I'm concerned with the ruling in the Hobby Lobby case, and that some other workers will have the right to force corporations to provide services regardless of their deeply held religious beliefs.

Does the ruling only apply to a couple of corporations?

Does it only apply to certain forms of birth control?

  • 1
    I would reword your question. We don't have crystal balls. I'd you are interested in the specific decision in the Hobby Lobby case, we can answer that (it was a specific ruling that the Justices said wasn't a broad ruling). The "loophole" was caused by Congress not liking the courts ruling on a previous case involving the firing of American Indians and peyote use. Yes, HL didn't object to all forms of birth control, only a few that they believe murder humans. If you don't want word of mouth, you need to read the ruling yourself
    – user1873
    Jul 8, 2014 at 7:30
  • You can read the decision here.
    – user1873
    Jul 8, 2014 at 7:33
  • The ruling isn't about the right to force corporations to provide services based on religious beliefs, but the right of corporations (in this case closely held ones) to decline to directly pay for religiously proscribed acts. It's a statutory right to abstain from sin, as one sees it. I'm not sure what you means by "other workers will have the right to force corporations to provide services based on their religious beliefs."
    – NL7
    Jul 8, 2014 at 23:20
  • @NL7, I have corrected the issue.
    – user1873
    Jul 9, 2014 at 2:55

1 Answer 1


You can read the decision here. The decision applies to closely-held corporations (i.e. corporations for whom the majority of shares are held by five or fewer people) whom the Supreme Court feels can demonstrate a sincere religious conviction about contraception.

Closely held corporations employ around 29 million Americans, so they do not constitute only a few corporations, though it is perhaps true that only a few can demonstrate sincere religious beliefs. Furthermore, closely held corporations with fewer than 50 employees are not subject to the Affordable Care Act's mandate, and some may not provide any health insurance at all.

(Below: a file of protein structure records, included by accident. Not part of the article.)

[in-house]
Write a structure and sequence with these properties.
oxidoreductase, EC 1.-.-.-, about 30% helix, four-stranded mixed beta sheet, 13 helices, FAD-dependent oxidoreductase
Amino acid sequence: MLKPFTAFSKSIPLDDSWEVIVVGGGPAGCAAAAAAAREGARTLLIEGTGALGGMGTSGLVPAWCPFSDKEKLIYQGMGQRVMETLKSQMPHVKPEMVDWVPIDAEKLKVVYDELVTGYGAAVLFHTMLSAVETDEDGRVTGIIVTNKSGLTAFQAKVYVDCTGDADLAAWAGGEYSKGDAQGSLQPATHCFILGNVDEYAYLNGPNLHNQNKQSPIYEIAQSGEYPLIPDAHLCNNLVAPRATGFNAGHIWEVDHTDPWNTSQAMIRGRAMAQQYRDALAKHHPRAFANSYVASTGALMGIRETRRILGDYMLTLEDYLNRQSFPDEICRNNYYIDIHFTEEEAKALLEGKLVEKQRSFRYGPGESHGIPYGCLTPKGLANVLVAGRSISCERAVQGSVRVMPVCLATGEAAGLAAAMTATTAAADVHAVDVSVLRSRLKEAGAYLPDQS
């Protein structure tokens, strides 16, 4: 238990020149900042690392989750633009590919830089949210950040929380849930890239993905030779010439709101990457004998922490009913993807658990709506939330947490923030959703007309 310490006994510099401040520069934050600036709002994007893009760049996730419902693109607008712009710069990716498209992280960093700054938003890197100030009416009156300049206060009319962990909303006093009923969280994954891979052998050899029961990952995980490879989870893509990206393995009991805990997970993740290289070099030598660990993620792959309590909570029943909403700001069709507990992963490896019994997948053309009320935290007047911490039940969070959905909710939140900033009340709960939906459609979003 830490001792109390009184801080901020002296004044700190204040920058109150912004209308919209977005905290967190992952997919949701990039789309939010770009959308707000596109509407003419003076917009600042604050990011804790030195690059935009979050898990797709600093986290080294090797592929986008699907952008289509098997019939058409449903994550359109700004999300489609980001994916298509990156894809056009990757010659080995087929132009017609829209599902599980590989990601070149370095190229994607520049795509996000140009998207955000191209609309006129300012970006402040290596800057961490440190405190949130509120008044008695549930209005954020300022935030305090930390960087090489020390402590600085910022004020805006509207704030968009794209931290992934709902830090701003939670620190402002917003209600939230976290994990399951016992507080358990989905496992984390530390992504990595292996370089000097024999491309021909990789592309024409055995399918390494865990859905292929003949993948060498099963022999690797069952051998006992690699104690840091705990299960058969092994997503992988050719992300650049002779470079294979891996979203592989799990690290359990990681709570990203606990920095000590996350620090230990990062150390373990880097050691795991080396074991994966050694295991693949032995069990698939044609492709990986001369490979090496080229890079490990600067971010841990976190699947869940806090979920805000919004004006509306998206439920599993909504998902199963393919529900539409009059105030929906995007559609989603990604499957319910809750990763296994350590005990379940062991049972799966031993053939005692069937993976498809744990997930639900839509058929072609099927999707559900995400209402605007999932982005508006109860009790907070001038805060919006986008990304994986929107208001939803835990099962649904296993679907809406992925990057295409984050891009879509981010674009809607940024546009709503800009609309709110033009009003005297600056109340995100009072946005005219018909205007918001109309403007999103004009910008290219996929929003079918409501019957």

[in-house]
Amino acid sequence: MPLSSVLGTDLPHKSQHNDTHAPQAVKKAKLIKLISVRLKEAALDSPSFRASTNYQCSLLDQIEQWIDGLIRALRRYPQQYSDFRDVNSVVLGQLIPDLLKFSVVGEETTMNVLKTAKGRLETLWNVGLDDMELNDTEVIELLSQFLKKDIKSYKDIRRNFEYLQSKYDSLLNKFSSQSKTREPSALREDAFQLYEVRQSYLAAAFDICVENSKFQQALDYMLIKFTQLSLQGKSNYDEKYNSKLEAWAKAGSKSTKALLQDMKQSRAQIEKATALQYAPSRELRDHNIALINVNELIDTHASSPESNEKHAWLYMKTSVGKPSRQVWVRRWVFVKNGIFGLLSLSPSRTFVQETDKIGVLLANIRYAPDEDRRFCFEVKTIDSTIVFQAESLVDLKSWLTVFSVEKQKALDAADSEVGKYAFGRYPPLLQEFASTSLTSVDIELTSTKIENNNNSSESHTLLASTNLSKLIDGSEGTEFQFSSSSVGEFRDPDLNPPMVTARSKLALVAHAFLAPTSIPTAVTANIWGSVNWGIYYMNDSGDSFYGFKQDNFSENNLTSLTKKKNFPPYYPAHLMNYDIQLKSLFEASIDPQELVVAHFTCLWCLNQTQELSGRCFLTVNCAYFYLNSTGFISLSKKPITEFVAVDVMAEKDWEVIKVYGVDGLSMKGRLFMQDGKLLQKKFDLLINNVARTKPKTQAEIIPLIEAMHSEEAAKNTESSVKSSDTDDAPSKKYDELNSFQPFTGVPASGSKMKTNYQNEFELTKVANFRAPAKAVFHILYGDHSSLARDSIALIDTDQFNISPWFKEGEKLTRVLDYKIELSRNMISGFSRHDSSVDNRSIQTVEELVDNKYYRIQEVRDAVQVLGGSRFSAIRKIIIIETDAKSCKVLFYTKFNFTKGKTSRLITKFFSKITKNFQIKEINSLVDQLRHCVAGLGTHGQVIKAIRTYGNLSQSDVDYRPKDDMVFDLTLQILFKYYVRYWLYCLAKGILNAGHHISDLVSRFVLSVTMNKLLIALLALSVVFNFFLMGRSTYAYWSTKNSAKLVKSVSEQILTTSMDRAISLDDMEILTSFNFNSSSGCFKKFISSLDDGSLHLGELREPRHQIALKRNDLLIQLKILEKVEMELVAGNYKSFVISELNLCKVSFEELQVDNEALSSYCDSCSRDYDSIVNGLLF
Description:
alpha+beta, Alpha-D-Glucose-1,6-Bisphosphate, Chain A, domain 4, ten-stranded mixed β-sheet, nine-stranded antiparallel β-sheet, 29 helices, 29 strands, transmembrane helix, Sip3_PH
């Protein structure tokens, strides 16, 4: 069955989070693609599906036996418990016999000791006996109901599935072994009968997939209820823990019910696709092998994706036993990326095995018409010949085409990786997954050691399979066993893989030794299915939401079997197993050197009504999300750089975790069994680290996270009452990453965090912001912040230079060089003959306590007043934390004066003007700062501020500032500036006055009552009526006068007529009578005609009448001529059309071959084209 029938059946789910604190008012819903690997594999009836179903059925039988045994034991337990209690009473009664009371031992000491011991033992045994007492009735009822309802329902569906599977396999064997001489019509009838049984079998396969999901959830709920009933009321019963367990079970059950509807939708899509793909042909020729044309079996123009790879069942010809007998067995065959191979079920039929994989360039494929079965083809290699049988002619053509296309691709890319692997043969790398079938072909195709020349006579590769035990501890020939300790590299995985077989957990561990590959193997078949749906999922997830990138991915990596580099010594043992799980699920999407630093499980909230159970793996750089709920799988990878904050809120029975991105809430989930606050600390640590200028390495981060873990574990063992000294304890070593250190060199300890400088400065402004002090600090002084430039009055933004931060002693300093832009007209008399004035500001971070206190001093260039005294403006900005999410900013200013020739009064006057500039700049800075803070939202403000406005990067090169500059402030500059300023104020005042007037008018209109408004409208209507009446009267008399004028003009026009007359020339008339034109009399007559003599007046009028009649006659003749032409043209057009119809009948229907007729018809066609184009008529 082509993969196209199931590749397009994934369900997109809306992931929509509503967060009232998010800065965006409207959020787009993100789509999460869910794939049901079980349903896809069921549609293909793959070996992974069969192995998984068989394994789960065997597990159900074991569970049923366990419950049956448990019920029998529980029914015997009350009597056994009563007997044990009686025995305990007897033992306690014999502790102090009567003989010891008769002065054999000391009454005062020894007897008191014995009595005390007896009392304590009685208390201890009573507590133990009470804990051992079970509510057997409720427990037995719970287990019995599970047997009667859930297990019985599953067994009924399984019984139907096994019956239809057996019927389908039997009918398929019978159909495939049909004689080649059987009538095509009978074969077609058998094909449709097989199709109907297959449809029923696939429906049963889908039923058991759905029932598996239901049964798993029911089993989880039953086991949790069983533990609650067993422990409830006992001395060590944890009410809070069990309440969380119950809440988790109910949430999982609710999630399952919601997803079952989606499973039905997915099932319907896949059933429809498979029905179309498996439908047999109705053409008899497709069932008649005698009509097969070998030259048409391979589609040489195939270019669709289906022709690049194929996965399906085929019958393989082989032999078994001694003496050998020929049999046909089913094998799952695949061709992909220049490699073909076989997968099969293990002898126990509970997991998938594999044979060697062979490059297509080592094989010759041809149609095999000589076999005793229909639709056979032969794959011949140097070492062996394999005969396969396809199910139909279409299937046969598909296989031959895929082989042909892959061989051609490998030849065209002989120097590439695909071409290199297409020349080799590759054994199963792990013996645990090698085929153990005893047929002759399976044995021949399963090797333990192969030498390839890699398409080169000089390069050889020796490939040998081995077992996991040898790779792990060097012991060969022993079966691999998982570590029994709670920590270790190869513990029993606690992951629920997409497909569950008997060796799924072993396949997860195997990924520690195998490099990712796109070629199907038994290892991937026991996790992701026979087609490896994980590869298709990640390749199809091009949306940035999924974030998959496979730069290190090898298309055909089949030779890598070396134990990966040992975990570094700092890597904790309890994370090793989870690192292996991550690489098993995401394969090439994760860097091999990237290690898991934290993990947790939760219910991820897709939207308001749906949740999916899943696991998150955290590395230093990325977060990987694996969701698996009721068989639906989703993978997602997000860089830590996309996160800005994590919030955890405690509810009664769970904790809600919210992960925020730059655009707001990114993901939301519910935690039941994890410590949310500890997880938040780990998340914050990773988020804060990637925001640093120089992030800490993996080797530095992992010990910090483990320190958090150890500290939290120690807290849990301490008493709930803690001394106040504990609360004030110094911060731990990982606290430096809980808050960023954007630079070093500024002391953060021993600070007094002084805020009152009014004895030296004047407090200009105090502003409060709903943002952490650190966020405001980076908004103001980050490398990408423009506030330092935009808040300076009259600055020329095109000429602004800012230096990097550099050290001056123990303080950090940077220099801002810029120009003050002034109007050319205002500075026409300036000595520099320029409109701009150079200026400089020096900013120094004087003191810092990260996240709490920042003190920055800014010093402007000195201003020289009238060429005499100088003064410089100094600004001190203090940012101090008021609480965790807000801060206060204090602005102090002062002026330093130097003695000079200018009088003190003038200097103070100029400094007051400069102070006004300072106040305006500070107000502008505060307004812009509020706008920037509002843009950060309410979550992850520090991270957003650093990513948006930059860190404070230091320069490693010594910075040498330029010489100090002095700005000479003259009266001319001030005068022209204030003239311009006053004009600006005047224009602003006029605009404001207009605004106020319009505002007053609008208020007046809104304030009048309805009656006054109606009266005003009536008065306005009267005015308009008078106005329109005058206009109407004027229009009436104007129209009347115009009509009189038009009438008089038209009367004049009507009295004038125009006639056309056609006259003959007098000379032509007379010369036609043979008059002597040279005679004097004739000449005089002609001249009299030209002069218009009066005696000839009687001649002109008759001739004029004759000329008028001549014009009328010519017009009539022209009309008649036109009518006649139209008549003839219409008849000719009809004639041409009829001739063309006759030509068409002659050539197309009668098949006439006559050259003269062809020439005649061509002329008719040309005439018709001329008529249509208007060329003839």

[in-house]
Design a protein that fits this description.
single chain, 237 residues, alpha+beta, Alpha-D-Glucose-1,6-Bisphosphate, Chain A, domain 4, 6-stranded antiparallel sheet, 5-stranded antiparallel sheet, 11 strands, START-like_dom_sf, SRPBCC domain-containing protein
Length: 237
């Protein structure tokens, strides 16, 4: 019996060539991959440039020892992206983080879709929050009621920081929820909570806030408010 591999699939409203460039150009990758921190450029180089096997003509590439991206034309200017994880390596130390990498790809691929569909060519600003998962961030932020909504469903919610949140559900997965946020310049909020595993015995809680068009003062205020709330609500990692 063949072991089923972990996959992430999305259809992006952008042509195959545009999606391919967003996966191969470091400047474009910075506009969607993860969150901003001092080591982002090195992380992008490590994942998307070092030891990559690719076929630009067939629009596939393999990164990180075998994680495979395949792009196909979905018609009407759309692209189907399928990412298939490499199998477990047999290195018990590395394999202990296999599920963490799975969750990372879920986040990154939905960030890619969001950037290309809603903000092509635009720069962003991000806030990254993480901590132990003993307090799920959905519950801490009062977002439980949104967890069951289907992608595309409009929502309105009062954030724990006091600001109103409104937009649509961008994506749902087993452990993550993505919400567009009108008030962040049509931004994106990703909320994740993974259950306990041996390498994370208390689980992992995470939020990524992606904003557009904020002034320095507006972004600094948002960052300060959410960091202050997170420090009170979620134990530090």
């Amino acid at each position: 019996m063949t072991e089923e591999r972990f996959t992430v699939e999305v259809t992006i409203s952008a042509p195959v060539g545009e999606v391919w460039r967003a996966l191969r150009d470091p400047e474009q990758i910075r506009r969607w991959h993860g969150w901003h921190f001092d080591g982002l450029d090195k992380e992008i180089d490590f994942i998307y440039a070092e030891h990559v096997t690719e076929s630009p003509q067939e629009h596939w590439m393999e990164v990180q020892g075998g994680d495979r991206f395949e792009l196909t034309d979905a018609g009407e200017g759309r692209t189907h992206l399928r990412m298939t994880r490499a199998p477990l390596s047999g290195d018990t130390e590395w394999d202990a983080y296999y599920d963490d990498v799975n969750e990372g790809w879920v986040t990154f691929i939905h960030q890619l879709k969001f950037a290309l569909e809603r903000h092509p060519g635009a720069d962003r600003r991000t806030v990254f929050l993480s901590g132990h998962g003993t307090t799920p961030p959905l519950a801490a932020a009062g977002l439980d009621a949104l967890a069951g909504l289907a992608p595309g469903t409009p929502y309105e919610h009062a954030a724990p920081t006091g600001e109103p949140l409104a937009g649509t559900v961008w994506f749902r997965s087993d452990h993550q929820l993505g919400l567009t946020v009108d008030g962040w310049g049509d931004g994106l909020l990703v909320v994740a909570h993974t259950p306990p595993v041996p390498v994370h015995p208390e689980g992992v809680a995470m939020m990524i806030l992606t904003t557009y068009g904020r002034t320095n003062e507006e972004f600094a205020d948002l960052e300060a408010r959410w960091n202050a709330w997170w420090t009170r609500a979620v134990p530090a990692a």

It is not clear to what degree this ruling would apply to other religious objections, as Ruth Bader Ginsburg pointed out in her dissent.

Would the exemption…extend to employers with religiously grounded objections to blood transfusions (Jehovah's Witnesses); antidepressants (Scientologists); medications derived from pigs, including anesthesia, intravenous fluids, and pills coated with gelatin (certain Muslims, Jews, and Hindus); and vaccinations[?]…Not much help there for the lower courts bound by today's decision.

Though Alito, writing for the majority, said that this decision does not require that all employee coverage mandates fail when they conflict with religious beliefs, without more precedent, we do not yet know what other coverage mandates could fail given a conflict.

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    Another thing to mention is while there are a lot of closely held corporations many aren't big enough to even be subjected to Obamacare regulation.
    – Ryathal
    Jul 8, 2014 at 13:05
  • @Ryathal that is a point, though unfortunately I don't know how many closely held corporations are of that size.
    – Publius
    Jul 8, 2014 at 22:33

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